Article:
September 12, 2017

M&A Leaks Report: Who’s the “Leakiest” of Them All?

Intralinks’ annual “M&A Leaks Report” makes for interesting reading – it analyzes deal leaks over the period from 2009-2016, and breaks them down by world region, country & business sector. The report also looks into the effect of leaks on the premiums paid, emergence of rival bidders & time to closing.

This recent blog scopes out the report’s conclusions on which business sectors’ deals leaked most frequently.  In 2016, consumer deals were the leakiest (16%), with retail deals (12%) & real estate deals (9%) following behind.  Real estate deals were the leakiest during the prior two years, and have the highest overall rate of leaks over the eight years covered by the report.  The healthcare (5%), energy & power (5%) and industrials (7%) sectors were the most tight-lipped last year.

This blog excerpt speculates on what may account for the differences between the various sectors when it comes to leaks:

– Sellers/targets in sectors which have a lot of M&A activity with significant competition for assets may be using deal leaks as a strategic tool to try to flush out the “optimal” acquirer, i.e., the one who has the greatest synergies with the target and who can therefore pay the highest price, hence the higher target takeover premiums in leaked deals. This conclusion is borne out by data from Thomson Reuters on target valuations. According to Thomson Reuters, over the past nine years the Real Estate sector has the highest average target EV/EBITDA exit ratio, at 18.1x.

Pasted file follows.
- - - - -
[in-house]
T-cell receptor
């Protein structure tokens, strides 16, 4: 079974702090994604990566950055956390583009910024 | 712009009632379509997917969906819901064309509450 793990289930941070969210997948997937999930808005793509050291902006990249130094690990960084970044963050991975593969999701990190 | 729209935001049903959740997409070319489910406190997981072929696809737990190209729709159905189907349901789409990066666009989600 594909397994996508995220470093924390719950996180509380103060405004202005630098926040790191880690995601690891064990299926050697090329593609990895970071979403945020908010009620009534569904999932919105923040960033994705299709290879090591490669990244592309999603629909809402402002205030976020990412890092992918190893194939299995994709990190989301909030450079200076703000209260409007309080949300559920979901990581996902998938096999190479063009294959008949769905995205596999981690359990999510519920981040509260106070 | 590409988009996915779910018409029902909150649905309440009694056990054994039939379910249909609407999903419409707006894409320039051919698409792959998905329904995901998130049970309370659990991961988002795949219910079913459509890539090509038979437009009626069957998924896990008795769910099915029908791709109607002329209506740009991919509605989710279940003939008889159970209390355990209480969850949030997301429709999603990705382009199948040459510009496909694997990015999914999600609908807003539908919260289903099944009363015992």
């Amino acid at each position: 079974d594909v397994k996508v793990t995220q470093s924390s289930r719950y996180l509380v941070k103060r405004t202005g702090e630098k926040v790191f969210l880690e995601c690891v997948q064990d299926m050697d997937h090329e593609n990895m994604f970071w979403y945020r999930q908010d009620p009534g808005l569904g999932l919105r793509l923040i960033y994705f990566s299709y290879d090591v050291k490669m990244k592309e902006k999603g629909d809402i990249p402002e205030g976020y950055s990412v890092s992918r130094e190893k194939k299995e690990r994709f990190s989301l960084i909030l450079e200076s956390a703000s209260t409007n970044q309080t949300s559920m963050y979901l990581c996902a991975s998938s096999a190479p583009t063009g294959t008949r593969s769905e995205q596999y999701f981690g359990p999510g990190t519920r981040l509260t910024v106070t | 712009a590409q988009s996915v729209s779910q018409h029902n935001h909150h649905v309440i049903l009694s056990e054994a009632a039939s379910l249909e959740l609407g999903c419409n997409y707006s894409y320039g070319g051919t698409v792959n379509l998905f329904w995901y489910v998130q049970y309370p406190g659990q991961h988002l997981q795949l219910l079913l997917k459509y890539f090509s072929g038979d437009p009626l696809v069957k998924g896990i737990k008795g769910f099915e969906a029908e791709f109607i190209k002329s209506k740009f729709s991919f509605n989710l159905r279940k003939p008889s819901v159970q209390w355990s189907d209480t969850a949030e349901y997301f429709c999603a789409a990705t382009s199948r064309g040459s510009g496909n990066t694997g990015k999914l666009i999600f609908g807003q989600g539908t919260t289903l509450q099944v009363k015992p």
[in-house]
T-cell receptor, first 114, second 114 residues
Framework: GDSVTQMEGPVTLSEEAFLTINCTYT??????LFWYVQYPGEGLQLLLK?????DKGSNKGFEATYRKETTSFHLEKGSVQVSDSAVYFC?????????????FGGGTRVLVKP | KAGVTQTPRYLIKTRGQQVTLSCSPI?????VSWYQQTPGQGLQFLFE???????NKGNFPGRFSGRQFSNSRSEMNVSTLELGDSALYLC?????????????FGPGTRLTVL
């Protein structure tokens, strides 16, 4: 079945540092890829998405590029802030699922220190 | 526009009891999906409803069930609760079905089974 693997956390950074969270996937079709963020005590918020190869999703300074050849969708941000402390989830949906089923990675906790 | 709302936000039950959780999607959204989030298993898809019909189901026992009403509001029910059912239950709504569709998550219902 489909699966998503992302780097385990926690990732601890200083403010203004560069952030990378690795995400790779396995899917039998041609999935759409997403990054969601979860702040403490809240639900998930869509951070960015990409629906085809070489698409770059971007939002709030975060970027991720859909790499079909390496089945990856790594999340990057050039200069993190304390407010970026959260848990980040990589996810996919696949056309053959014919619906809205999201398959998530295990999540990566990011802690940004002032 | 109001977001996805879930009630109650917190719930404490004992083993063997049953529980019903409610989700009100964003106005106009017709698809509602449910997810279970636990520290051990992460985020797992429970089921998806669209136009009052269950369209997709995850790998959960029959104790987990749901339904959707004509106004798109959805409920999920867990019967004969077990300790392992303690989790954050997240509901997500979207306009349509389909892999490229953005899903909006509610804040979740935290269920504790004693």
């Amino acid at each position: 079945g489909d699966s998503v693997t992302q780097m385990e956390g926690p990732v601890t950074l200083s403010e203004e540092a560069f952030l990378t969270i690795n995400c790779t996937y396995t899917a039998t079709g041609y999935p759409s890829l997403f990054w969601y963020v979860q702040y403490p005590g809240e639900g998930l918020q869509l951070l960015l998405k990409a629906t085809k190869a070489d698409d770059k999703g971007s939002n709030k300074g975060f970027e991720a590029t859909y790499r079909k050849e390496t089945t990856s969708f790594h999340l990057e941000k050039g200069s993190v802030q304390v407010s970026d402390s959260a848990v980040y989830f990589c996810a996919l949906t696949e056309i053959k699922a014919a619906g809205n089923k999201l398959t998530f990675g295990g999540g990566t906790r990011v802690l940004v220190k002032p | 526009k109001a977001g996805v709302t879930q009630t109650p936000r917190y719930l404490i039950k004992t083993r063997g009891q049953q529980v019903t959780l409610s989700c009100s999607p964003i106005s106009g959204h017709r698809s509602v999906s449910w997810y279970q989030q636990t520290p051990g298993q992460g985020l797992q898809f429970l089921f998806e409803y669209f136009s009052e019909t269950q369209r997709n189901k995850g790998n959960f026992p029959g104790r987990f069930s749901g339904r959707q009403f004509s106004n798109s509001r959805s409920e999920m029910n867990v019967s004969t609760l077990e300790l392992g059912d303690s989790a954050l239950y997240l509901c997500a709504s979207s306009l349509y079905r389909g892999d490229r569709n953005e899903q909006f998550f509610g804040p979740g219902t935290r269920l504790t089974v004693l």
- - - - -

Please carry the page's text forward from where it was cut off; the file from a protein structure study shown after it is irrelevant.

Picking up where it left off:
– Sellers/targets in sectors which traditionally have lower valuation multiples may also be more tempted to use deals leaks to try to increase the valuations for their deals. According to the Thomson Reuters data, the Industrials and Materials sectors, which have among the lowest average target EV/EBITDA exit ratios over the past nine years, are the number three and number four ranked sectors for deal leaks over the same period.

The report also found that leaked deals have significantly higher premiums & a higher rate of rival bids in comparison to non-leaked deals.

John Jenkins